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Measuring Oil-Price Shocks Using Market-Based Information, Tao Wu, Michele Cavallo

Creator
Abstract
We study the effects of oil-price shocks on the U.S. economy combining narrative and quantitative approaches. After examining daily oil-related events since 1984, we classify them into various event types. We then develop measures of exogenous shocks that avoid endogeneity and predictability concerns. Estimation results indicate that oil-price shocks have had substantial and statistically significant effects during the last 25 years. In contrast, traditional VAR approaches imply much weaker and insignificant effects for the same period. This discrepancy stems from the inability of VARs to separate exogenous oil-supply shocks from endogenous oil-price fluctuations driven by changes in oil demand
Table Of Contents
Cover; Contents; I. Introduction; II. Measures of Exogenous Oil-Price Shocks Based on Market Information; A. A Comprehensive Study of Daily Oil-Related Events; B. Two Measures of Oil-Price Shocks; C. What Does Exogeneity Mean?; D. Constructing Monthly Oil Shock Series; III. Estimating the Effects of Oil-Price Shocks; IV. Empirical Results; A. Impulse Responses of Market-Information-Based Exogenous Oil-Price Shocks; B. Impulse Responses of VAR-Based Measures of Oil-Price Shocks; C. Other Kinds of Oil-Price Shocks Based on Market Information; D. Robustness and Stability; V. Concluding Remarks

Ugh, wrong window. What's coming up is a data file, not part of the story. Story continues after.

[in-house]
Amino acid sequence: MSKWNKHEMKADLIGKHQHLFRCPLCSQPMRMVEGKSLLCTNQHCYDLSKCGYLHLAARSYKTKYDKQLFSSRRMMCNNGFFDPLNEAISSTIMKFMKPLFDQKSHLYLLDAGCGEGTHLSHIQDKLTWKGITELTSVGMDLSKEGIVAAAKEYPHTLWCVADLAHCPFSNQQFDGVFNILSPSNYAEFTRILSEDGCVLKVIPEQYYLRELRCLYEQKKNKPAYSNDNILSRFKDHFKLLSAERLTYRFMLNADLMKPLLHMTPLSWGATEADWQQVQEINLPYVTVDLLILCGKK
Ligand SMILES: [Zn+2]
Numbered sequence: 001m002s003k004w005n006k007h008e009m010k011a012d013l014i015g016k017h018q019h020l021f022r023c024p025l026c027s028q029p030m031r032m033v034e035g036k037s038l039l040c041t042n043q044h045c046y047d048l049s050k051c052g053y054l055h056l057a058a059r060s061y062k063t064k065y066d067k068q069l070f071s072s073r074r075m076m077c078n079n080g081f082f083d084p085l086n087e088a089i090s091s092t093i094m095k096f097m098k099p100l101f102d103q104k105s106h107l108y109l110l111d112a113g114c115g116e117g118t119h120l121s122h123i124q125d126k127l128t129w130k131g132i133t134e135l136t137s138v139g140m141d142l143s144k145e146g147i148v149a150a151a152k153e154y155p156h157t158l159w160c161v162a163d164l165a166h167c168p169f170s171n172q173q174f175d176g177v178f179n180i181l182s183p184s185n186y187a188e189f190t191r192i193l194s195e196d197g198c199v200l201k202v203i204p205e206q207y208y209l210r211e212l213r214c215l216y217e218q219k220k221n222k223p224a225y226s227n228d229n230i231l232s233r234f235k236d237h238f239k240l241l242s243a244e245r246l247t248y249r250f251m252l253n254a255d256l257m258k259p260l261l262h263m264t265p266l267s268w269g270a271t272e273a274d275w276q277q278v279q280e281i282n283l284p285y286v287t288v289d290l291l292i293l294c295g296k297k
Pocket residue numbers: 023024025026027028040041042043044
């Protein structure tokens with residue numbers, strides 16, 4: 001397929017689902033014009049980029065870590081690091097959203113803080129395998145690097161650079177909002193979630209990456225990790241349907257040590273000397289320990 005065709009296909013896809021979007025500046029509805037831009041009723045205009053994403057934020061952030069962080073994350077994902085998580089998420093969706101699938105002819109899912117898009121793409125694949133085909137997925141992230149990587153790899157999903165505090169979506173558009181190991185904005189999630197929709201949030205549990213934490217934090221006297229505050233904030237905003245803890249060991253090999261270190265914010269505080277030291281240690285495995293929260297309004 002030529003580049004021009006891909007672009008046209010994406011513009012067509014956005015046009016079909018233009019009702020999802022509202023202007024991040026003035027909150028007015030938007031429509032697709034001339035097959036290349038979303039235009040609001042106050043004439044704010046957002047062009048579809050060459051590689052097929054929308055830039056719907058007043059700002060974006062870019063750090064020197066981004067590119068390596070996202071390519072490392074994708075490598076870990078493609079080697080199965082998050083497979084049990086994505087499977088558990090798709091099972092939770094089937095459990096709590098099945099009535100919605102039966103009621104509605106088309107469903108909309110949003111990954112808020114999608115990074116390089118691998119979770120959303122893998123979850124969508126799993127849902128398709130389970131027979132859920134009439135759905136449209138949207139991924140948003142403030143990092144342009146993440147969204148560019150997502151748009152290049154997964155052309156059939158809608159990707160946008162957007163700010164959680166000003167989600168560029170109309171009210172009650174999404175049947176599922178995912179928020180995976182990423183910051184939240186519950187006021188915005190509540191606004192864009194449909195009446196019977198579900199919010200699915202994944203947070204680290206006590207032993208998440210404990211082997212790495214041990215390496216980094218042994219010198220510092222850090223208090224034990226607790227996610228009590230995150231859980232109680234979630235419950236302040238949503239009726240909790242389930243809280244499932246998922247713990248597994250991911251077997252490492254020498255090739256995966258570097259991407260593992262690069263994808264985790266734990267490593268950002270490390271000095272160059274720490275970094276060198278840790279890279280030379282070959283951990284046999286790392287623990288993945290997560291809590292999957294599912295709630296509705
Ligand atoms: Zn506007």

Language
eng
Literary Form
non fiction
Note
Description based upon print version of record
Physical Description
1 online resource (46 p.)
Specific Material Designation
remote
Form Of Item
online
Isbn
9781463967888

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